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Oh no! not like this
- Day of suicide and murder

Port of Spain, March 23: The Indians lost their must-win game against Sri Lanka today, breaking the hearts of their cricket-crazy fans whose passion for the game was being partly blamed for Bob Woolmer’s alleged murder by the betting mafia.

India now needs Bermuda to shock Bangladesh on Sunday to have any hopes of staying in the World Cup.

After letting Sri Lanka off the hook and allowing it to pose a challenging 254 for six, the Indians sputtered from the start and were bundled out for 185 to lose by 69 runs.

Sachin Tendulkar was bowled for a three-ball duck in what could be his last World Cup game and Mahendra Singh Dhoni was out first ball, bamboozled by a brilliant Mutthiah Muralidharan.

In between, Yuvraj Singh’s run-out symbolised the confusion of a team that sank into mediocrity after a brief flash of inspiration in the morning. A distraught Rahul Dravid watched the mayhem at the other end till he holed out to Murali off Sanath Jayasuriya for 60.

A 54-run fourth-wicket stand between the skipper and back-to-form Virender Sehwag, who smashed 48 off 46 balls, had stanched the bleeding for a while to provide hope. But the Delhi marauder failed to cash in on a dropped catch by Kumar Sangakkara and once Murali had him foxed, the journey was only downhill.

Chaminda Vaas had got the first two wickets, Robin Uthappa (18 off 27) and Sourav Ganguly (7 off 23), the left-hander charging down to spoon one to Murali who held on to a difficult chance.

The morning had begun with hope, though. Before a seething, chanting saffronwhite-green sea in the Queen’s Park Oval stands, the Indians had worn down the Lankan top order with tight line-and-length and some inspired bowling changes.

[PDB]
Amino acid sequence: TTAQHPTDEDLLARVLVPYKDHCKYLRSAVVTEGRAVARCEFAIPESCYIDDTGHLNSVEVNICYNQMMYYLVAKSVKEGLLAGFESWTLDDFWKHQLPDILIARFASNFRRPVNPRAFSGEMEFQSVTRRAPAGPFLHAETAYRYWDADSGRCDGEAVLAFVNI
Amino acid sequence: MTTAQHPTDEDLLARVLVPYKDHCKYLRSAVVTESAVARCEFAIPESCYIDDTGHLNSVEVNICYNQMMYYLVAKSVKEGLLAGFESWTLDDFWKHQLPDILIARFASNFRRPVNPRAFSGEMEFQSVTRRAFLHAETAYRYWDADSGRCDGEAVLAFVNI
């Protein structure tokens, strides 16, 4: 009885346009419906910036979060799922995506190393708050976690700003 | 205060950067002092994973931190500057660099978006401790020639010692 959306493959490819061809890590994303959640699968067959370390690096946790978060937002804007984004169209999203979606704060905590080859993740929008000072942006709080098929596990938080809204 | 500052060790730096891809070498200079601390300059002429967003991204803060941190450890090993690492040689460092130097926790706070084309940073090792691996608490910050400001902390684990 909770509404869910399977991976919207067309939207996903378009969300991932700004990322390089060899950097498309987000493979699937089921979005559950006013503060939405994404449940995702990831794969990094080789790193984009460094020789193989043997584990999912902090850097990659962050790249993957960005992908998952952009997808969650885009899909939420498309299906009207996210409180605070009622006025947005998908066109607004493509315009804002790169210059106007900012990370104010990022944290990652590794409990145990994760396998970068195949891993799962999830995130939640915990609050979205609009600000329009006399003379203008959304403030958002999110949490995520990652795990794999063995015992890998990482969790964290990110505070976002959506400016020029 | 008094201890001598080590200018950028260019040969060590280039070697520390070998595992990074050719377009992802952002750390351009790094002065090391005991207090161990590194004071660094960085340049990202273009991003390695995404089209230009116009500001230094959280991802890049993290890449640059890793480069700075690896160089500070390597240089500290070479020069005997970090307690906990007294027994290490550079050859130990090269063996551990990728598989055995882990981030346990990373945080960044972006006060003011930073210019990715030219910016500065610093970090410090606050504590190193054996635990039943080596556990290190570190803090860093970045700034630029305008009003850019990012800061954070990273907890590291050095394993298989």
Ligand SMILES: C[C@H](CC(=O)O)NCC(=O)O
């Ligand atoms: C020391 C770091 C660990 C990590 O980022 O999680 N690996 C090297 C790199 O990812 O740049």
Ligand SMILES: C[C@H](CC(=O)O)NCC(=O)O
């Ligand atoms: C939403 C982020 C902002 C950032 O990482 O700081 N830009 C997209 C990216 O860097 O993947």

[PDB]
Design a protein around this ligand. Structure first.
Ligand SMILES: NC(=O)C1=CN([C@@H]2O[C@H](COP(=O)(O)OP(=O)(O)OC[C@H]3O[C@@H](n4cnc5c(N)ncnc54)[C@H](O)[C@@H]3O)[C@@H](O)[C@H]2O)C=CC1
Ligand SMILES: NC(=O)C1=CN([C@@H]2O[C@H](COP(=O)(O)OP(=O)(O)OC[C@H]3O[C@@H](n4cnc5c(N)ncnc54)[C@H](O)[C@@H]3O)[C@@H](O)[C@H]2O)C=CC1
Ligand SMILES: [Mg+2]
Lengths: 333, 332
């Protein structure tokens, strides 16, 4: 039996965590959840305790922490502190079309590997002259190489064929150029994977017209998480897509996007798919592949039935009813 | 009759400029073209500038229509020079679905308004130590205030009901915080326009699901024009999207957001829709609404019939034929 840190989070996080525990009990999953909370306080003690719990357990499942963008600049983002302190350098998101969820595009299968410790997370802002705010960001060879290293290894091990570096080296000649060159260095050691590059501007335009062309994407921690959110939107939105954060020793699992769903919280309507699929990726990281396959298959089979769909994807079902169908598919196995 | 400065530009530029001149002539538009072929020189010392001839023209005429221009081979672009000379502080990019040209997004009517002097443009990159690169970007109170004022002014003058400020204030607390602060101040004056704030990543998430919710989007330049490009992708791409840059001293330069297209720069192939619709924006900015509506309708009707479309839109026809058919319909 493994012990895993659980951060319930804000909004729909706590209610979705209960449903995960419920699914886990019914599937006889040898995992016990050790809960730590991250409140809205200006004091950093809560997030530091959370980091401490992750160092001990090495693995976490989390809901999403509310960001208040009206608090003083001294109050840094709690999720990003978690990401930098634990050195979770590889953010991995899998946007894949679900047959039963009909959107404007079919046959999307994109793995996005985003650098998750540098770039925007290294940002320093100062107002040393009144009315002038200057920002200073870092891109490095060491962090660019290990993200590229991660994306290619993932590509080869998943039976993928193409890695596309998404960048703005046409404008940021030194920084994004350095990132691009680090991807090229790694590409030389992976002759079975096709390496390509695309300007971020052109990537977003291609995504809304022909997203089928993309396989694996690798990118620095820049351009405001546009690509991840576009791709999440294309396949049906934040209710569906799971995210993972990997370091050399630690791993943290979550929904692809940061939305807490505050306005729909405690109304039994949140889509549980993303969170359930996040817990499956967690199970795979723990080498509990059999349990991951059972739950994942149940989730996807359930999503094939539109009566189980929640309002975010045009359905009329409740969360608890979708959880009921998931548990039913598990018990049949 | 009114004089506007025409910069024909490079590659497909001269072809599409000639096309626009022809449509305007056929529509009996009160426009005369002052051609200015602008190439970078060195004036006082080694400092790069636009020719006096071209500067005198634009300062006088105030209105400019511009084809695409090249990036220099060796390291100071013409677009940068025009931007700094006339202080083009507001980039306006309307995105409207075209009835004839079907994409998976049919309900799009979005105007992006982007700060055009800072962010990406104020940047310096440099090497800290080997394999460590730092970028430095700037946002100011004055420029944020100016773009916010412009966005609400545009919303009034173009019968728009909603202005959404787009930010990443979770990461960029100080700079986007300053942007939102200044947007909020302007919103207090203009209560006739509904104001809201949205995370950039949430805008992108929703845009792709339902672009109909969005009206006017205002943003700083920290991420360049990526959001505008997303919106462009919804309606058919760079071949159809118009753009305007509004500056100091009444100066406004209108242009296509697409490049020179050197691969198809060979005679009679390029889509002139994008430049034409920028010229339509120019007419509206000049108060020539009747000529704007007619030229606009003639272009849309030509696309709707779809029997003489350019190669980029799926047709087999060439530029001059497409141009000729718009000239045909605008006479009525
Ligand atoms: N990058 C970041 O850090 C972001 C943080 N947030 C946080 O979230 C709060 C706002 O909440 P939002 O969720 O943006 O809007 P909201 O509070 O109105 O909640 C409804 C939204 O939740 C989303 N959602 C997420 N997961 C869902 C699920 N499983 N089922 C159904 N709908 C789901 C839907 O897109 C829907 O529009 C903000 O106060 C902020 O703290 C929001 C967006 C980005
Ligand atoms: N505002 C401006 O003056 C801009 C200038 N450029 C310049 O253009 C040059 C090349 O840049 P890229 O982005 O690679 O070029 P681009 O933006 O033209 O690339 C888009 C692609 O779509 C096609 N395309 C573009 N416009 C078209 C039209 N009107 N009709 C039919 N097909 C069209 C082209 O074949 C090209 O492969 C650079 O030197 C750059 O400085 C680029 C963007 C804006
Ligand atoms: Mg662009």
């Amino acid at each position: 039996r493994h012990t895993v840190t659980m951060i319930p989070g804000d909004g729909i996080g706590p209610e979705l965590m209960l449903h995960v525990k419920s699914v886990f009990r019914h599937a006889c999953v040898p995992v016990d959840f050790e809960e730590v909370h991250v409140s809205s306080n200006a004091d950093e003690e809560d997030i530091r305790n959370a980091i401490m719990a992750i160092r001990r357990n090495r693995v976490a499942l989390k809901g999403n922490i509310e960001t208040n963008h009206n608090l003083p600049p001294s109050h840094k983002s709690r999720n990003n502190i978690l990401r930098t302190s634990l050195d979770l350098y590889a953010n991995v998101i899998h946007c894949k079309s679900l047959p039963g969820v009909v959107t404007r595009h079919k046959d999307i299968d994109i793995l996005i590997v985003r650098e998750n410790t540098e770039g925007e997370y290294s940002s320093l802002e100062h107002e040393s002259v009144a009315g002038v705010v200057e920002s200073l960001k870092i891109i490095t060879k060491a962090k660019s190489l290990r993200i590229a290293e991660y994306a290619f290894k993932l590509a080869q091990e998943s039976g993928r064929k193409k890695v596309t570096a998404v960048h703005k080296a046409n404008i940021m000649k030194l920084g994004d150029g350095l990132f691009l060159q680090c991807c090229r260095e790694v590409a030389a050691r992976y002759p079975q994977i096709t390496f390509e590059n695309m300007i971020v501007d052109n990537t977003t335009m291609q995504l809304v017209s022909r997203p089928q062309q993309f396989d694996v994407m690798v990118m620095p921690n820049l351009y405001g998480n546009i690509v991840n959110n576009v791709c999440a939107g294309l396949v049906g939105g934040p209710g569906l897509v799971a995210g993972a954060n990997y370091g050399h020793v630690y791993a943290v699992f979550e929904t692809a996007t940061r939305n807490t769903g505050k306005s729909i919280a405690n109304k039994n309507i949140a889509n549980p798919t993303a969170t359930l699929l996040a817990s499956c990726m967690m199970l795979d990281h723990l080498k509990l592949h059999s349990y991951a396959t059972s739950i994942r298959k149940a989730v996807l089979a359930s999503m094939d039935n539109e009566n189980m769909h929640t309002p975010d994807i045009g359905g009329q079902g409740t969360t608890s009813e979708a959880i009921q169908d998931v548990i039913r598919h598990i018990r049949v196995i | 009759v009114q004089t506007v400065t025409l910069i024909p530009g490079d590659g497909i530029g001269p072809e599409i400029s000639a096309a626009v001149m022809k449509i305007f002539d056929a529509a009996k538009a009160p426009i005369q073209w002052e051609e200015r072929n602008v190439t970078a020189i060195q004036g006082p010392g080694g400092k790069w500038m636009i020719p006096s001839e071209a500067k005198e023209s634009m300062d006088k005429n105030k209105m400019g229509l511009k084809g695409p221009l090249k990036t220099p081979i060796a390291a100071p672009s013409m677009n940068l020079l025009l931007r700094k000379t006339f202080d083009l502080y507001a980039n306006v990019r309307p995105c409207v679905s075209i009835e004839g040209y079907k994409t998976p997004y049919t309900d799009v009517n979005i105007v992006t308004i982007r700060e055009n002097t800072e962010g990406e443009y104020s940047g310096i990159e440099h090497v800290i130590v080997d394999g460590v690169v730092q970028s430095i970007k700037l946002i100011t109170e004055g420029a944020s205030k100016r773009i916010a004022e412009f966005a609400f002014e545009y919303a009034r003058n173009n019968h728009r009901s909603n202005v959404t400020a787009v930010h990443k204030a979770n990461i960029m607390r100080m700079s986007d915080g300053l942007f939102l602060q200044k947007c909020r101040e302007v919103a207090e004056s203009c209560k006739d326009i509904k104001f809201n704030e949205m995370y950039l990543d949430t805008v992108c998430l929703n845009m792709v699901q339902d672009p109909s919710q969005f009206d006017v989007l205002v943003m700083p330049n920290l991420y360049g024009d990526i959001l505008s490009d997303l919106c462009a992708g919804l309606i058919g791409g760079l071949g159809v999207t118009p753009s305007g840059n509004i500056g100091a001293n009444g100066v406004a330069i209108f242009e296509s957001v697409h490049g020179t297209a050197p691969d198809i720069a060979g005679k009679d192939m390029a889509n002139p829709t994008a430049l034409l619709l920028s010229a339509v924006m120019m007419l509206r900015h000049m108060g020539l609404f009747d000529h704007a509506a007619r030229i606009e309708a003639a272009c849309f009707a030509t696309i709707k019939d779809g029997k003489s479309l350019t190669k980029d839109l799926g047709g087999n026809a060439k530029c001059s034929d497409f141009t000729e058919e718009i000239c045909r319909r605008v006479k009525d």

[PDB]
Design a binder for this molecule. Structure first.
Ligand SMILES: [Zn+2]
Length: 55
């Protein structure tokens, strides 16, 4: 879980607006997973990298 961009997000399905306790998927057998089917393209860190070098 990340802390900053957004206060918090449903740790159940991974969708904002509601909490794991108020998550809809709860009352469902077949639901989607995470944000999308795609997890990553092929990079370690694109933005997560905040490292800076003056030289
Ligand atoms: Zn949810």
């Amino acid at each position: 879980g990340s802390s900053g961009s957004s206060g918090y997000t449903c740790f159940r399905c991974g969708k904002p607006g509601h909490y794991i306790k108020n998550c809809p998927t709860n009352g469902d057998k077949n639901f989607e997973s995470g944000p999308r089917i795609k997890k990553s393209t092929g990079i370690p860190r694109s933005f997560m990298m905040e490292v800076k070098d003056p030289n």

But the islanders, put in to bat and reduced to 133 for 4, broke free in the latter half, piling 75 in the last 10 overs.

Chamara Silva scored his third successive fifty of the tournament, providing the thrust with Tillekeratne Dilshan with a stand of 83 after danger men Jayasuriya and Sangakkara had fallen cheaply trying to cut the shackles.

Russel Arnold and Vaas then swung the bat to add 38 off the last four overs.

At lunch, the Indian fans had looked confident. “We will make the Super Eight. Nothing can stop us,” said a member of a family of five who had come from the US to watch the crunch match.

Long before the first ball was bowled, the snaking queue of flag-waving Indians had charged up the atmosphere. Despite the cheering and dancing, they did not forget Woolmer.

“Bob, we miss you, feel for you,” said a poignant poster.

Dravid didn’t risk batting a second time after the Bangladesh lesson. He was vindicated as Zaheer Khan and Ajit Agarkar, who was retained at the last moment, got the new ball to move around.

When the game began, the Indian players’ body language, as their bowling and fielding, had oozed the desire to make things happen. Their movements were quick and there were valiant attempts to cut the odd run and even an effort or two to pounce on half-chances.

Dhoni’s dive to the left to snare Mahela Jayawardene (7) off Agarkar showed that the Indians were eager to make amends for the first game’s lapses.

By then Zaheer had already sent back Jayasuriya. Soon, a brilliant move by Dravid saw Sourav come on and get rid of Sangakkara, Munaf Patel running 20 yards to take the catch.

At the other end, young opener Upul Tharanga was distinguishing himself with a chanceless 64, striking six elegant boundaries in his 90-ball knock. But when he fell to the bagful of tricks unleashed by Sachin, the Lankans seemed to be on the ropes.

But Dravid clearly missed a fifth specialist bowler. Harbhajan, who replaced Anil Kumble in the only change to the side, gave away 53 for none while Sachin’s eight overs went on to cost 40 and Sourav’s four leaked 22.

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